The Strokes – Is This It

The Strokes – Is This It

5/5

2001

Although it didn’t have quite the same success or impact, The Strokes’ debut, Is This It, played a similar role in the 2000s that Nevermind did in the ’90s. Like Nirvana’s breakthrough album, Is This It brought mainstream attention to a strain of underground rock, profoundly affecting the direction and attitude of American and British guitar rock for the following decade. The brilliance of the album isn’t that it is visionary—it’s that it sounds startlingly fresh, revitalizing rock mainstays like sex, drugs and the power of the catchy guitar riff. Adopting the effortless New York cool of the Velvet Underground and the Stooges and marrying it to CBGBs punk and new wave, the Strokes, on paper, sound like they could get by on image alone. In actuality, Julian Casablancas put his own unique spin on these influences and wrote a supremely satisfying set of songs, each of them teeming with so much sneering wordplay and so many indelible hooks, the album plays like a greatest hits compliation. “Last Nite” has rightfully become a modern rock staple; the supremely melodic “Hard To Explain” and “Someday,” with their instantly memorable guitar lines, are two of the band’s finest moments; the chugging “The Modern Age” and woozy title track propel themselves forward with the airtight rhythm section of bassist Nikolai Fraiture and drummer Fab Moretti, and Nick Valensi and Albert Hammond, Jr. establish themselves as an astonishing guitar duo on the rampaging closer “Take It Or Leave It.” And though Casablancas largely limits himself to writing about dysfunctional relationships, he has a knack for writing clever, stylish one-liners, which are nearly as vital to the songs as his world-weary, Lou Reed-esque singing, itself one of the most widely imitated vocal styles of the 2000s. Though the Strokes later continued to grow and diversify, they would never again recreate the exuberance of Is This It.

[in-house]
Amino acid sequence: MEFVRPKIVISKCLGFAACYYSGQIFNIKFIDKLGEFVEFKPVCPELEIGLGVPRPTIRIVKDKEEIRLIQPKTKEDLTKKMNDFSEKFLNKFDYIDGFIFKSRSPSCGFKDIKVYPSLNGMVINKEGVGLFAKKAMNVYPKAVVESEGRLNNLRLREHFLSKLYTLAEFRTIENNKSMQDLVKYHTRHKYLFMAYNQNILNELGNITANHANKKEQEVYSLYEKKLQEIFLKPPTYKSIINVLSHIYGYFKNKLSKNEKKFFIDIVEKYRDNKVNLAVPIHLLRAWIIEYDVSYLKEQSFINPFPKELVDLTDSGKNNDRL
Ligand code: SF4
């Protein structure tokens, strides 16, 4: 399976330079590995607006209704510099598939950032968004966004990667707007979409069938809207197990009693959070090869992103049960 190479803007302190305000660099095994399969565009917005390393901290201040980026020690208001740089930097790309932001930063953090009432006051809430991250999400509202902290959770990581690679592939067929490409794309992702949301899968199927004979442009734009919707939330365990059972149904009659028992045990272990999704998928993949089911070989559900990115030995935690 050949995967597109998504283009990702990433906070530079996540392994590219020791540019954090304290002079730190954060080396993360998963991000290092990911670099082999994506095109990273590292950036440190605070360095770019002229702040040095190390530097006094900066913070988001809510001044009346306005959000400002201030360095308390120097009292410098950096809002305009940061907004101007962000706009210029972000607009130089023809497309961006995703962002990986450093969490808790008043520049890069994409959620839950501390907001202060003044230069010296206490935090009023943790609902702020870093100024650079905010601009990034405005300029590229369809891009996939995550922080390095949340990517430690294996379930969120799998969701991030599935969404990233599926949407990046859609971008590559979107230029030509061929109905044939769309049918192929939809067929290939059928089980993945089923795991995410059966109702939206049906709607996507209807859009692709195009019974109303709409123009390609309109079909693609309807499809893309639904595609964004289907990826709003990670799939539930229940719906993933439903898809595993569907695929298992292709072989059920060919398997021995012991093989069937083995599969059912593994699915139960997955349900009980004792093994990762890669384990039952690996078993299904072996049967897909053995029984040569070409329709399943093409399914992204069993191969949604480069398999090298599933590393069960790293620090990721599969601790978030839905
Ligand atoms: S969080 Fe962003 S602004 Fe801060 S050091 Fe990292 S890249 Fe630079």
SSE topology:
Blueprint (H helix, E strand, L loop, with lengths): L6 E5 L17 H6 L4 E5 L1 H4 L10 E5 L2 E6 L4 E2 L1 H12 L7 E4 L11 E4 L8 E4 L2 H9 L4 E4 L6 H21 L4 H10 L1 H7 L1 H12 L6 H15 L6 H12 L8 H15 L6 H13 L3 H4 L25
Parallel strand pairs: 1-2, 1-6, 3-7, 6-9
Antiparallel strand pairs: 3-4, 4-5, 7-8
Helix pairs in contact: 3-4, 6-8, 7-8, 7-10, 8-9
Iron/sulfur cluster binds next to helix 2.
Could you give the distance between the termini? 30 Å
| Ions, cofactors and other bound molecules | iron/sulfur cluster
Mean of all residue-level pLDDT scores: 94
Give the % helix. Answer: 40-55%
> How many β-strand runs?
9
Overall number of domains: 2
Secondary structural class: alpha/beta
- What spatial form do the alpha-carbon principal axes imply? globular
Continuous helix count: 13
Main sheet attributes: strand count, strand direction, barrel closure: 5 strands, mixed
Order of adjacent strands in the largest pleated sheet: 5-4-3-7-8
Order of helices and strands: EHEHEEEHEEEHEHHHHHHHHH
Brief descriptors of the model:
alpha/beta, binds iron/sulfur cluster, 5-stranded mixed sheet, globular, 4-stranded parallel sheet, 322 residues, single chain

[Note: As a show of respect after the September 11th attacks, the Strokes replaced “New York City Cops” with the nearly-as-excellent “When It Started” on the U.S. edition of the album.]

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Posted on November 5, 2011, in The Strokes. Bookmark the permalink. Leave a comment.

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